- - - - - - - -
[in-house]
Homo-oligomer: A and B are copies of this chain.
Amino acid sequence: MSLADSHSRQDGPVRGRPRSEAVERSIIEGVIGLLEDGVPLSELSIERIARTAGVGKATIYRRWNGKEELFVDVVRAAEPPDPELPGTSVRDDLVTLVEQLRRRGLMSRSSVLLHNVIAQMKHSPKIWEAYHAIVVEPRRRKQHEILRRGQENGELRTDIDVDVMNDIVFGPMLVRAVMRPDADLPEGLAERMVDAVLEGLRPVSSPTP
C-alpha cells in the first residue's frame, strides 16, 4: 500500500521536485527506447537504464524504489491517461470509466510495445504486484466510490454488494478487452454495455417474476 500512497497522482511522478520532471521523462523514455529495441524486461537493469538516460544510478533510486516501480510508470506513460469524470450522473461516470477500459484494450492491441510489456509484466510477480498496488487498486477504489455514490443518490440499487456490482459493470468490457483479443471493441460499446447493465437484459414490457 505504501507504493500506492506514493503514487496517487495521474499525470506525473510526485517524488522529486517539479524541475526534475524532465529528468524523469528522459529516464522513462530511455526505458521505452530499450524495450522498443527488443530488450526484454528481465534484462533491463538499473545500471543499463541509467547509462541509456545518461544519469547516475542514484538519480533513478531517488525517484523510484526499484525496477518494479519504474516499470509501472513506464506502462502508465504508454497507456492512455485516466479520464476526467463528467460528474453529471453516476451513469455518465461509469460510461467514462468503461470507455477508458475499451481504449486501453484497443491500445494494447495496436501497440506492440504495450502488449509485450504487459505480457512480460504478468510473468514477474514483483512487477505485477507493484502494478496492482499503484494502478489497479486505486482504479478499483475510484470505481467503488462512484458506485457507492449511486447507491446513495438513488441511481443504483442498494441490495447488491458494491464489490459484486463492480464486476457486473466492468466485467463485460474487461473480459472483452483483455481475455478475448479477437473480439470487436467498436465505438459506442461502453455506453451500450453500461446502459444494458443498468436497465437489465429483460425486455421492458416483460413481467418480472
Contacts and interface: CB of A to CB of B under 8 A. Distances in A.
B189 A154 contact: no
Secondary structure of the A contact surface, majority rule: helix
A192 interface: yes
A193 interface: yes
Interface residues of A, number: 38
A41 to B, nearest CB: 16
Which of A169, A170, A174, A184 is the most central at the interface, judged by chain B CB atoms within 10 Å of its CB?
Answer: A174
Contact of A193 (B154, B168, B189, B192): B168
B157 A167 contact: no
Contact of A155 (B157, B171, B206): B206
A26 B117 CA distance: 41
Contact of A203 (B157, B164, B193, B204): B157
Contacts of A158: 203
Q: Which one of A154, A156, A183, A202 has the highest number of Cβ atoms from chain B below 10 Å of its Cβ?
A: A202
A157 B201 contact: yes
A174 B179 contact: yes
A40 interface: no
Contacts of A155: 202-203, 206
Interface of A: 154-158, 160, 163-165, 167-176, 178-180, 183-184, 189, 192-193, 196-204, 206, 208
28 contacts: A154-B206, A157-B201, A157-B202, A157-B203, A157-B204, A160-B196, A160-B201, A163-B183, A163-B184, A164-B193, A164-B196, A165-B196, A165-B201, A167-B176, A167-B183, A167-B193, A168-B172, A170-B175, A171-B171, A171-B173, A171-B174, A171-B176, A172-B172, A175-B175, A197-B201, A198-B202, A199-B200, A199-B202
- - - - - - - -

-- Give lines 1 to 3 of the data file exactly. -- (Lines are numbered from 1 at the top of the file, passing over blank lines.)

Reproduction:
[in-house]
Homo-oligomer: A and B are copies of this chain.
Amino acid sequence: MSLADSHSRQDGPVRGRPRSEAVERSIIEGVIGLLEDGVPLSELSIERIARTAGVGKATIYRRWNGKEELFVDVVRAAEPPDPELPGTSVRDDLVTLVEQLRRRGLMSRSSVLLHNVIAQMKHSPKIWEAYHAIVVEPRRRKQHEILRRGQENGELRTDIDVDVMNDIVFGPMLVRAVMRPDADLPEGLAERMVDAVLEGLRPVSSPTP